Does the death scene in Hamlet satisfy the readers built up expectations?please answer with quotes and examples

Expert Answers
Doug Stuva eNotes educator| Certified Educator

The answer to your question concerning Shakespeare's Hamlet is subjective.  There's no way of definitively answering the question.  The answer depends on the reader, or the viewer, or the performers.  Ultimately, you'll have to decide this for yourself.

All I can do is give you details from the play that are supposed to lead to the catharsis, or cleansing. 

  1. By the conclusion of the play, Denmark is well-established as being filled with evil.  Everything is evil and chaotic.  Claudius is murderous and conniving and ruthless.  He is unscrupulous.  He needs to be eliminated.  Claudius should make the audience feel uneasy.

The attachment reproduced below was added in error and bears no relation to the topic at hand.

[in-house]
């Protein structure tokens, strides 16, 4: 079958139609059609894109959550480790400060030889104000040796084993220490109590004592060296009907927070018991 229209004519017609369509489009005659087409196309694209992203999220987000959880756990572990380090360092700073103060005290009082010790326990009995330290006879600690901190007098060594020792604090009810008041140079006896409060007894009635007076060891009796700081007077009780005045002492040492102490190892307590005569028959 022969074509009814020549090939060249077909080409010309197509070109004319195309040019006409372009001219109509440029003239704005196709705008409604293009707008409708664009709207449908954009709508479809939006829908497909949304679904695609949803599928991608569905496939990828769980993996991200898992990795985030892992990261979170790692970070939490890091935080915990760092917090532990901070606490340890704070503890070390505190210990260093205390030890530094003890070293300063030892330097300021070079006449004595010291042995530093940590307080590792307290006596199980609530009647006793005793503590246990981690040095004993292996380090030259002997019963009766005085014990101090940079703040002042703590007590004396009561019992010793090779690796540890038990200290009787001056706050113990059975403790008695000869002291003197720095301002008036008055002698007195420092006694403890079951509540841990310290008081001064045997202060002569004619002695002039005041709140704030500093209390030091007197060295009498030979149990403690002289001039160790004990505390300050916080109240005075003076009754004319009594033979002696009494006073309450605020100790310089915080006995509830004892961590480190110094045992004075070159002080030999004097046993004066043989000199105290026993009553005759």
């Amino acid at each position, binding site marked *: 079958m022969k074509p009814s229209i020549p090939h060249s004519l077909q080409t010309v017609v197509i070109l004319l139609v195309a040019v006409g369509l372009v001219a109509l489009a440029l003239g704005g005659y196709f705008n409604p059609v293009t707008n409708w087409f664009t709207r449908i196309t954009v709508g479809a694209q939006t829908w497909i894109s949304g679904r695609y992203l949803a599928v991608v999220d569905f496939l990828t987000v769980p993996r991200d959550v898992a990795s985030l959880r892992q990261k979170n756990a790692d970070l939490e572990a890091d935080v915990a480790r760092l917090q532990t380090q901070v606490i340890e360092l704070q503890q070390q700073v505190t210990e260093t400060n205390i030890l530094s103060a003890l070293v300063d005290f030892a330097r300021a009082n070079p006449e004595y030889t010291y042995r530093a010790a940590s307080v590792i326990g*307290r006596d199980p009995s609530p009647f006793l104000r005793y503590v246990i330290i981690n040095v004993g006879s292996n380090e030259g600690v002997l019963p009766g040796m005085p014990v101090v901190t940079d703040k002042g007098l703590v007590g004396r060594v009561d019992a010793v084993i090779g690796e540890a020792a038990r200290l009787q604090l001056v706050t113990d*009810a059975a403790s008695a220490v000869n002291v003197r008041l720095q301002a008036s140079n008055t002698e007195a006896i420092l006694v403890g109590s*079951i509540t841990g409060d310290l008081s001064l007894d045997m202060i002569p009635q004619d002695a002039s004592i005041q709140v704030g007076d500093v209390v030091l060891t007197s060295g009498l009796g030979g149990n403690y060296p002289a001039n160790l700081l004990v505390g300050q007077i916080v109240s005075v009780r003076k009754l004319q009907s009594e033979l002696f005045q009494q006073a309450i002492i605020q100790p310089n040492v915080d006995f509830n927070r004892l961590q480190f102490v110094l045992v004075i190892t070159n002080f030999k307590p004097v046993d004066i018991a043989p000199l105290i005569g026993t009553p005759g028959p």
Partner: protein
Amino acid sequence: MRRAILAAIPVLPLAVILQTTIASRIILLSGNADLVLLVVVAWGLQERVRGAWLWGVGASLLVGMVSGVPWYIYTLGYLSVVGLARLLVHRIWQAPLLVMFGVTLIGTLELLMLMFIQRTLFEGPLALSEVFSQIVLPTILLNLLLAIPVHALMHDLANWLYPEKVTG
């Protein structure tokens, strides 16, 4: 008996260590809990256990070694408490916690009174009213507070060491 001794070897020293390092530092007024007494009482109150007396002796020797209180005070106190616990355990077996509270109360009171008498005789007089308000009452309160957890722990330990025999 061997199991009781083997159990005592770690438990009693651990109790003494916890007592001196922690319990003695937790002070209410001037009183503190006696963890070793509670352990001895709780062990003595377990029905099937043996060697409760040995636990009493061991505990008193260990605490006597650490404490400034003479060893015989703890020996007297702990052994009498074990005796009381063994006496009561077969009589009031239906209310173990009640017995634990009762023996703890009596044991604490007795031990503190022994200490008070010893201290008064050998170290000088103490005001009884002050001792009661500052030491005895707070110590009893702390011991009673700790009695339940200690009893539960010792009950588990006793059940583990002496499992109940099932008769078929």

2. Hamlet kills him.  Denmark is cleansed.  The audience feels better that justice has been done.   

Of course, there's more to it than that.  The final scene involves a sword fight, which if performed well provides good action, and everybody in the play that has made mistakes is eliminated.  Laertes, who practices deceit and attempted murder, is killed.  Gertrude, who marries Claudius too soon after her husband dies, who marries her husband's brother (seen as adultery in Shakespeare's play), and who tends to take Claudius's side instead of Hamlet's, dies, also.  Claudius, the evil in the play, dies, and Hamlet, who waits too long to enact his revenge, pays for it with his life, too.   

And Fortinbras, Hamlet's foil, enters the scene and will make everything stable and calm again.

You'll have to decide if this ending is satisfying or not.